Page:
Challenges of coordinating large-scale systematic reviews

Session Type
Oral presentation
Capacity building in evidence synthesis
Yogasingam S1, Lepine J2, Sullivan K3, Antony J4, Konnyu K5, Ivers N6, Grimshaw J1
1Ottawa Hospital Research Institute, Canada
2University of Laval, Canada
3Canadian Institute for Health Information, Canada
4Ontario Health, Canada
5Brown University, United States of America
6University of Toronto, Canada

Background: Large scale systematic reviews are becoming more common due the rapid growth in publications on certain topics. They raise unique challenges for managing and coordinating the review process for which there is limited guidance. We will present the challenges we encountered and how we addressed them during two large Cochrane systematic reviews - Quality improvement strategies for diabetes care (n=553 trials) and Audit and feedback (n=290 trials).
Objectives: To address the logistical challenges that are common in the coordination of large systematic reviews.
Methods: We will compare the approaches to coordinating two large systematic reviews. We will focus on common logistical challenges such as recruiting and maintaining a team with enough availability to complete the project in a timely manner; delegating work and ensuring consistency between reviewers on a large team; and managing and housing a very large dataset. We will also compare tools for managing large reviews such as the systematic review programs DistillerSR and Covidence for usability and customisability as well as online repositories for external data storage.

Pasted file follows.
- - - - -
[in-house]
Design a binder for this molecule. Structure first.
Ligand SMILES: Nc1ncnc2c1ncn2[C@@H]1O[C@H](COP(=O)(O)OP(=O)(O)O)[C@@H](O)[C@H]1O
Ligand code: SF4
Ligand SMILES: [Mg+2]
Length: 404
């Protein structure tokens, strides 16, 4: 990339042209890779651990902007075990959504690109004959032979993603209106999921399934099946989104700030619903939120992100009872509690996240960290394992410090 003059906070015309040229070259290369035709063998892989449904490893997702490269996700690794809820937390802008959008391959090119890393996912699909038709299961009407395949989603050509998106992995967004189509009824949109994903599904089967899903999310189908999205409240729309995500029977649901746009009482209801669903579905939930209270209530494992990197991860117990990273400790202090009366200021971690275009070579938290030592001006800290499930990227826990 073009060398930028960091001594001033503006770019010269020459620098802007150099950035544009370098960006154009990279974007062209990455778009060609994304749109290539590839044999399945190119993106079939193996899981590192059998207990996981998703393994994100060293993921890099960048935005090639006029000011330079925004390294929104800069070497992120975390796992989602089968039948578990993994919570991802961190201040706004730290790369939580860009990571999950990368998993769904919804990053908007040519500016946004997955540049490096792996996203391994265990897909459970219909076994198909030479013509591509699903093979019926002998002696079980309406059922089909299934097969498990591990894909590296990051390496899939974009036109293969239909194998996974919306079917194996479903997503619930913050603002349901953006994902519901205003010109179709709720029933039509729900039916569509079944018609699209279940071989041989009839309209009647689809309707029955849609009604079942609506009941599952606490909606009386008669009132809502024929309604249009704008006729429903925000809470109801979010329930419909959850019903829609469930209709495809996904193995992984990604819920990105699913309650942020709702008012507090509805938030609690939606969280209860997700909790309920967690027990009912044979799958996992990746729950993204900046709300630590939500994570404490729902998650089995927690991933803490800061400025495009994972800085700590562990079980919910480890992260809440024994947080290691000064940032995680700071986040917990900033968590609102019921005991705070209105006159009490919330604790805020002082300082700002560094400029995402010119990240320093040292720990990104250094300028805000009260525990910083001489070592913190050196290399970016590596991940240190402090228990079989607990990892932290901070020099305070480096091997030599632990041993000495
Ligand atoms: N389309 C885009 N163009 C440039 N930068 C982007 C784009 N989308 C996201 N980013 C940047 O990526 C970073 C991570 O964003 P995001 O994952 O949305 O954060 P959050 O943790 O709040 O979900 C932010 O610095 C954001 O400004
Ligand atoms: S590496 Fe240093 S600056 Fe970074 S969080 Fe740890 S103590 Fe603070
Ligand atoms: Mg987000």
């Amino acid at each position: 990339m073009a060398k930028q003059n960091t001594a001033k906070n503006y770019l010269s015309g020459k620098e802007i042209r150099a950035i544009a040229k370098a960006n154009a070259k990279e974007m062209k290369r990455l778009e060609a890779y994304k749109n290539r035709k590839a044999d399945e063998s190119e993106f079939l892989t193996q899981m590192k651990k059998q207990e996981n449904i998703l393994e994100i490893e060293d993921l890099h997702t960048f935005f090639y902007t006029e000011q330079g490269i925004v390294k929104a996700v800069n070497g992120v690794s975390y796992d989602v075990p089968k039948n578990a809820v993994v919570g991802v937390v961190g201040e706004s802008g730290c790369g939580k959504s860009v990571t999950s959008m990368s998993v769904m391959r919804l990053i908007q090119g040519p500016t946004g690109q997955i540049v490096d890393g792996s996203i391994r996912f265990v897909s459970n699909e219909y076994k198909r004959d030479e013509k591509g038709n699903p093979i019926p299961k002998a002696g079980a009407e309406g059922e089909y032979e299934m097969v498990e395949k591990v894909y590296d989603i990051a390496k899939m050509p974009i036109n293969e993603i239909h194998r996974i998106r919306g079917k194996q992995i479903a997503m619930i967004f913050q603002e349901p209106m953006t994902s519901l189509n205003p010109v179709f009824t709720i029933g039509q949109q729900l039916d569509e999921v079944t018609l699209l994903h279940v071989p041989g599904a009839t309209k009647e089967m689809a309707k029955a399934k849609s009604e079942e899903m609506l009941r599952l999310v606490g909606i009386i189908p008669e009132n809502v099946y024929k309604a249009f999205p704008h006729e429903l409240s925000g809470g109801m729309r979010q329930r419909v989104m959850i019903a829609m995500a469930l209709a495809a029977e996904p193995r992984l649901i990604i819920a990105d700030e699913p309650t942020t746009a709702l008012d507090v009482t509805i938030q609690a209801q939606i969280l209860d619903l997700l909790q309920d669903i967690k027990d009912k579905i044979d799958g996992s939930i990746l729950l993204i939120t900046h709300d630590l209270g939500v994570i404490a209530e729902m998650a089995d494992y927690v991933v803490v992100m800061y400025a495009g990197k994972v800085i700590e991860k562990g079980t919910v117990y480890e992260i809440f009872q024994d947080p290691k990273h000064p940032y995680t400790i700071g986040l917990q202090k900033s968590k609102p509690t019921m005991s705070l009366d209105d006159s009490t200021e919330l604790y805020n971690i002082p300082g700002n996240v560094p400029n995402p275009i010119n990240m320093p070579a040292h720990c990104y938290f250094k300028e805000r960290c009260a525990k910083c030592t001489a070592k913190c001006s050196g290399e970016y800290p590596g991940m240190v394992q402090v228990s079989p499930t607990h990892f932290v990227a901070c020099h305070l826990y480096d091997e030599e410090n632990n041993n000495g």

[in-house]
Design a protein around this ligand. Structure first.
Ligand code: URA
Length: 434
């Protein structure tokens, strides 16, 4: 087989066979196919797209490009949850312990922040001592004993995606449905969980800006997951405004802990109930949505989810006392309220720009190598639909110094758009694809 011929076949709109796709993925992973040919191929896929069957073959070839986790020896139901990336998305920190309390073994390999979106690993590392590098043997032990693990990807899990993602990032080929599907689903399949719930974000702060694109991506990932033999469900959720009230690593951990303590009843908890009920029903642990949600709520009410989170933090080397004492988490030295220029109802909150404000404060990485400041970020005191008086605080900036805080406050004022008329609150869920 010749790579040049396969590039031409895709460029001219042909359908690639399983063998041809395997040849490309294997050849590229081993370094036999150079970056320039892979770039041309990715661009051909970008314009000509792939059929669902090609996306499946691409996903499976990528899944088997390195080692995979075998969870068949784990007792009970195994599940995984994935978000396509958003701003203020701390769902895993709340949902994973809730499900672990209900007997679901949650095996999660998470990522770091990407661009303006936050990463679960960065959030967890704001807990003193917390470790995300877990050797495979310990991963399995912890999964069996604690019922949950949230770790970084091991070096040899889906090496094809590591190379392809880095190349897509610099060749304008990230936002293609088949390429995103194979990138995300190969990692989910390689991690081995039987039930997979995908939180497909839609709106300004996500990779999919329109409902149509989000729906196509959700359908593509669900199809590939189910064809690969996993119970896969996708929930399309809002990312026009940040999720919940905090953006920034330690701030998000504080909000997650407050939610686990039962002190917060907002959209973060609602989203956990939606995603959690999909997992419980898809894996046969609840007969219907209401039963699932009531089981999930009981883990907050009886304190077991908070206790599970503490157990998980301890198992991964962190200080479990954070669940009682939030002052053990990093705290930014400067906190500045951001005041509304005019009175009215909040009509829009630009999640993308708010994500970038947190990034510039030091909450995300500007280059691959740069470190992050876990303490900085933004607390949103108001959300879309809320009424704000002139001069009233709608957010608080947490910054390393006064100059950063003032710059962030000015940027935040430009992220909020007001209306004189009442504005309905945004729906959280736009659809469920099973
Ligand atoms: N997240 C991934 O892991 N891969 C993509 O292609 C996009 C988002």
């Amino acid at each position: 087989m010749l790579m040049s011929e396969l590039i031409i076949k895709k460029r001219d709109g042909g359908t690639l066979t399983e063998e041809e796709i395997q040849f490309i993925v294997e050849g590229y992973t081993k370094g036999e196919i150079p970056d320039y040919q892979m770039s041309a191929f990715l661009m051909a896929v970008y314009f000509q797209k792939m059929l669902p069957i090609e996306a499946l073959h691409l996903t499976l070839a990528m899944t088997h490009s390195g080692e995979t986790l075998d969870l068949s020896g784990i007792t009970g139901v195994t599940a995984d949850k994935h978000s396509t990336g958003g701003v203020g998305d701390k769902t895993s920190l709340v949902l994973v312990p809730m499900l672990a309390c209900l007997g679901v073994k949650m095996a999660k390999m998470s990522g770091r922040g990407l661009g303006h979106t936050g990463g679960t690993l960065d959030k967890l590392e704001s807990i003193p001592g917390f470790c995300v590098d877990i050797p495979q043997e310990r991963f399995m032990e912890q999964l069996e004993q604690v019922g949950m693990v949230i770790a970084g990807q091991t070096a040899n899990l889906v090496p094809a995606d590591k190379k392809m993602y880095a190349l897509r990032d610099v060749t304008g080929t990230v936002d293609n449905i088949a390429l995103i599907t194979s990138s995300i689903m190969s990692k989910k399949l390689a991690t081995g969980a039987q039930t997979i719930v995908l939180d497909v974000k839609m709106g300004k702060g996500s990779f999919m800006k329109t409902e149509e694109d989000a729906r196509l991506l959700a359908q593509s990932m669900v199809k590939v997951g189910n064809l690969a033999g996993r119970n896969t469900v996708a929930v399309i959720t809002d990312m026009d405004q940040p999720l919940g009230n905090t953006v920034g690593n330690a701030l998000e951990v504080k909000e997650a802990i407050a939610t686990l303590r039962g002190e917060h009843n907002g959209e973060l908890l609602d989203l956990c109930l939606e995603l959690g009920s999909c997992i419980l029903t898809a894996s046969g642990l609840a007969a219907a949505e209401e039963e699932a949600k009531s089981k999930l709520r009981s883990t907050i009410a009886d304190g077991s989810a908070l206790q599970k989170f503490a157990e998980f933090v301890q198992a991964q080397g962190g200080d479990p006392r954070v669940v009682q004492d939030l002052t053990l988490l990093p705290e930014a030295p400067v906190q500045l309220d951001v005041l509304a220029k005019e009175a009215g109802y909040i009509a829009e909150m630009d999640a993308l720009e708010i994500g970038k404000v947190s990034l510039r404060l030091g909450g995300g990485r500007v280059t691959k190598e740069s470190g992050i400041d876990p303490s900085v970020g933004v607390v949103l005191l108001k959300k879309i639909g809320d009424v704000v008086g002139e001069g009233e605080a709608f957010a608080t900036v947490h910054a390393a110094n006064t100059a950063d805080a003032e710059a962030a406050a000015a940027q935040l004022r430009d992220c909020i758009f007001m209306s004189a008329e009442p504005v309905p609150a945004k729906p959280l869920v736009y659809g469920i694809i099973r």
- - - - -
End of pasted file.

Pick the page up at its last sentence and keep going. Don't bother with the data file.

Results: The main challenge in coordinating large systematic reviews is dedicating enough resources to ensure the review can be completed before another update is required. Having a large team can be useful for keeping momentum going in screening and extraction, however it is vital to ensure that reviewers are being consistent by using clear and specific instructions and having a training period for each reviewer. Smaller teams are better for ensuring consistency in reporting, however screening and extraction takes longer. Use of technology such as DistillerSR and Covidence, facilitates the organisation of screening a large set of studies. DistillerSR offers more customisability but may be cost prohibitive. Covidence links nicely with RevMan Web, but may not be as user friendly. The use of an online data repository such as Zenodo is useful for streamlining the main review and preventing any issues with the Cochrane CENTRAL system when it comes time for publication, however there is always a risk of repositories no longer being in service in the future.